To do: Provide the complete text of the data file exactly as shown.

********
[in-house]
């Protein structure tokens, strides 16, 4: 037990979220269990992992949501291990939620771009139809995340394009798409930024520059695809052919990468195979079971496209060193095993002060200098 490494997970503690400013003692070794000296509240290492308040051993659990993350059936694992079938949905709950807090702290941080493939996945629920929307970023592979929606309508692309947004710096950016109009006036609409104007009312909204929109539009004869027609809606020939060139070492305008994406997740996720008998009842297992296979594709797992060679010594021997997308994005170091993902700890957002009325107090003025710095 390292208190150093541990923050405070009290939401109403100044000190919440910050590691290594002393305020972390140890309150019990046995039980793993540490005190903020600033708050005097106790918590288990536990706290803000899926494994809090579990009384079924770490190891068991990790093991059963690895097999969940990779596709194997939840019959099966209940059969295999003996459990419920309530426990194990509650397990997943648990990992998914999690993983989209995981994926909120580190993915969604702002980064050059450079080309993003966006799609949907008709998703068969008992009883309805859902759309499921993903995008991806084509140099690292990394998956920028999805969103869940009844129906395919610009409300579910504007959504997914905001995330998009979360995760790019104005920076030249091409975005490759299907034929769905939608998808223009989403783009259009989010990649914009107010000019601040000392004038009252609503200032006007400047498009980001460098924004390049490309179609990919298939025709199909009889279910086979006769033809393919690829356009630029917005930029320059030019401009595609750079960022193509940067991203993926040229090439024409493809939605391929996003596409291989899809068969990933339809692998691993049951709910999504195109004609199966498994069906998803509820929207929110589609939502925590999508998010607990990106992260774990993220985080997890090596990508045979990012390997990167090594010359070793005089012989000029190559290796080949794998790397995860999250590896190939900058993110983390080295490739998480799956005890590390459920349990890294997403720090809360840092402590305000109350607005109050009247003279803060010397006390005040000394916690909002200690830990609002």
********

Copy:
[in-house]
């Protein structure tokens, strides 16, 4: 037990979220269990992992949501291990939620771009139809995340394009798409930024520059695809052919990468195979079971496209060193095993002060200098 490494997970503690400013003692070794000296509240290492308040051993659990993350059936694992079938949905709950807090702290941080493939996945629920929307970023592979929606309508692309947004710096950016109009006036609409104007009312909204929109539009004869027609809606020939060139070492305008994406997740996720008998009842297992296979594709797992060679010594021997997308994005170091993902700890957002009325107090003025710095 390292208190150093541990923050405070009290939401109403100044000190919440910050590691290594002393305020972390140890309150019990046995039980793993540490005190903020600033708050005097106790918590288990536990706290803000899926494994809090579990009384079924770490190891068991990790093991059963690895097999969940990779596709194997939840019959099966209940059969295999003996459990419920309530426990194990509650397990997943648990990992998914999690993983989209995981994926909120580190993915969604702002980064050059450079080309993003966006799609949907008709998703068969008992009883309805859902759309499921993903995008991806084509140099690292990394998956920028999805969103869940009844129906395919610009409300579910504007959504997914905001995330998009979360995760790019104005920076030249091409975005490759299907034929769905939608998808223009989403783009259009989010990649914009107010000019601040000392004038009252609503200032006007400047498009980001460098924004390049490309179609990919298939025709199909009889279910086979006769033809393919690829356009630029917005930029320059030019401009595609750079960022193509940067991203993926040229090439024409493809939605391929996003596409291989899809068969990933339809692998691993049951709910999504195109004609199966498994069906998803509820929207929110589609939502925590999508998010607990990106992260774990993220985080997890090596990508045979990012390997990167090594010359070793005089012989000029190559290796080949794998790397995860999250590896190939900058993110983390080295490739998480799956005890590390459920349990890294997403720090809360840092402590305000109350607005109050009247003279803060010397006390005040000394916690909002200690830990609002």